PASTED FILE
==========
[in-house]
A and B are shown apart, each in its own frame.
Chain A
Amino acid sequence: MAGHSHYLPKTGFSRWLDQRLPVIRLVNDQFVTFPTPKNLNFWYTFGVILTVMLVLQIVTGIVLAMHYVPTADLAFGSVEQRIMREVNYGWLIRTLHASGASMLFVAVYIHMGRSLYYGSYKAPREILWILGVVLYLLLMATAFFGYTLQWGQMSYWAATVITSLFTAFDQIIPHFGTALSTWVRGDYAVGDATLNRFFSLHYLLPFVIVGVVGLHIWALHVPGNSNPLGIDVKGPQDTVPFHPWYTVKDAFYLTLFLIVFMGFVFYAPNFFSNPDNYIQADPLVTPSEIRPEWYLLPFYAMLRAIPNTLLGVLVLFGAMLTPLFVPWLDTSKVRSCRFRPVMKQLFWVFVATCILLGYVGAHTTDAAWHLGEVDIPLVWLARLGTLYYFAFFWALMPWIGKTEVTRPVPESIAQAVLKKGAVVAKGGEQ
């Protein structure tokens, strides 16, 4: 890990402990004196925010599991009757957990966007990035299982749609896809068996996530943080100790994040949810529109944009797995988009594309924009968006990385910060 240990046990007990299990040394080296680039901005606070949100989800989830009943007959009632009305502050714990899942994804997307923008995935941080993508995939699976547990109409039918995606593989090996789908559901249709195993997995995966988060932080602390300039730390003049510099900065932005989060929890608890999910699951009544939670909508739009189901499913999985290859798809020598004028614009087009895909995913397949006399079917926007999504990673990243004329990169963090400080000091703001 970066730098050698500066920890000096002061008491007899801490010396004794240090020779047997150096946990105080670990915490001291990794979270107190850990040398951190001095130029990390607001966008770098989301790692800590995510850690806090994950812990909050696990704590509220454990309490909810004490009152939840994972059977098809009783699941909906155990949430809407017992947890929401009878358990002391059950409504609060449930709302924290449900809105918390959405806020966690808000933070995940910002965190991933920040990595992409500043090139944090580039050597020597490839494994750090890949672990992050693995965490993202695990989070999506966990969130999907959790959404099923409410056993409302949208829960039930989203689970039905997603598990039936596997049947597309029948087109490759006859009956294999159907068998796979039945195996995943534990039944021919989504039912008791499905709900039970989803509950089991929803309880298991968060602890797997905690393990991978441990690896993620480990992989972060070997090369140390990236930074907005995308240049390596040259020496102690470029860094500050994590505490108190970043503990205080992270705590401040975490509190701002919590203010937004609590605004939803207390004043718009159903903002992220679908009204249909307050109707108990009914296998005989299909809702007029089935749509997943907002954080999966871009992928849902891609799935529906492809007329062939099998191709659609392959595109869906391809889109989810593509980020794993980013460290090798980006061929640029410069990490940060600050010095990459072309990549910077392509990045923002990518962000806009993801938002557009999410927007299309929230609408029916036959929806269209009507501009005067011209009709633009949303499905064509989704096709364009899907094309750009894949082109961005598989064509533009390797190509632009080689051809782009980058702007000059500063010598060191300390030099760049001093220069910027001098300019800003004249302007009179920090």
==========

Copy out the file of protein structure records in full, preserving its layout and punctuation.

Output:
[in-house]
A and B are shown apart, each in its own frame.
Chain A
Amino acid sequence: MAGHSHYLPKTGFSRWLDQRLPVIRLVNDQFVTFPTPKNLNFWYTFGVILTVMLVLQIVTGIVLAMHYVPTADLAFGSVEQRIMREVNYGWLIRTLHASGASMLFVAVYIHMGRSLYYGSYKAPREILWILGVVLYLLLMATAFFGYTLQWGQMSYWAATVITSLFTAFDQIIPHFGTALSTWVRGDYAVGDATLNRFFSLHYLLPFVIVGVVGLHIWALHVPGNSNPLGIDVKGPQDTVPFHPWYTVKDAFYLTLFLIVFMGFVFYAPNFFSNPDNYIQADPLVTPSEIRPEWYLLPFYAMLRAIPNTLLGVLVLFGAMLTPLFVPWLDTSKVRSCRFRPVMKQLFWVFVATCILLGYVGAHTTDAAWHLGEVDIPLVWLARLGTLYYFAFFWALMPWIGKTEVTRPVPESIAQAVLKKGAVVAKGGEQ
């Protein structure tokens, strides 16, 4: 890990402990004196925010599991009757957990966007990035299982749609896809068996996530943080100790994040949810529109944009797995988009594309924009968006990385910060 240990046990007990299990040394080296680039901005606070949100989800989830009943007959009632009305502050714990899942994804997307923008995935941080993508995939699976547990109409039918995606593989090996789908559901249709195993997995995966988060932080602390300039730390003049510099900065932005989060929890608890999910699951009544939670909508739009189901499913999985290859798809020598004028614009087009895909995913397949006399079917926007999504990673990243004329990169963090400080000091703001 970066730098050698500066920890000096002061008491007899801490010396004794240090020779047997150096946990105080670990915490001291990794979270107190850990040398951190001095130029990390607001966008770098989301790692800590995510850690806090994950812990909050696990704590509220454990309490909810004490009152939840994972059977098809009783699941909906155990949430809407017992947890929401009878358990002391059950409504609060449930709302924290449900809105918390959405806020966690808000933070995940910002965190991933920040990595992409500043090139944090580039050597020597490839494994750090890949672990992050693995965490993202695990989070999506966990969130999907959790959404099923409410056993409302949208829960039930989203689970039905997603598990039936596997049947597309029948087109490759006859009956294999159907068998796979039945195996995943534990039944021919989504039912008791499905709900039970989803509950089991929803309880298991968060602890797997905690393990991978441990690896993620480990992989972060070997090369140390990236930074907005995308240049390596040259020496102690470029860094500050994590505490108190970043503990205080992270705590401040975490509190701002919590203010937004609590605004939803207390004043718009159903903002992220679908009204249909307050109707108990009914296998005989299909809702007029089935749509997943907002954080999966871009992928849902891609799935529906492809007329062939099998191709659609392959595109869906391809889109989810593509980020794993980013460290090798980006061929640029410069990490940060600050010095990459072309990549910077392509990045923002990518962000806009993801938002557009999410927007299309929230609408029916036959929806269209009507501009005067011209009709633009949303499905064509989704096709364009899907094309750009894949082109961005598989064509533009390797190509632009080689051809782009980058702007000059500063010598060191300390030099760049001093220069910027001098300019800003004249302007009179920090």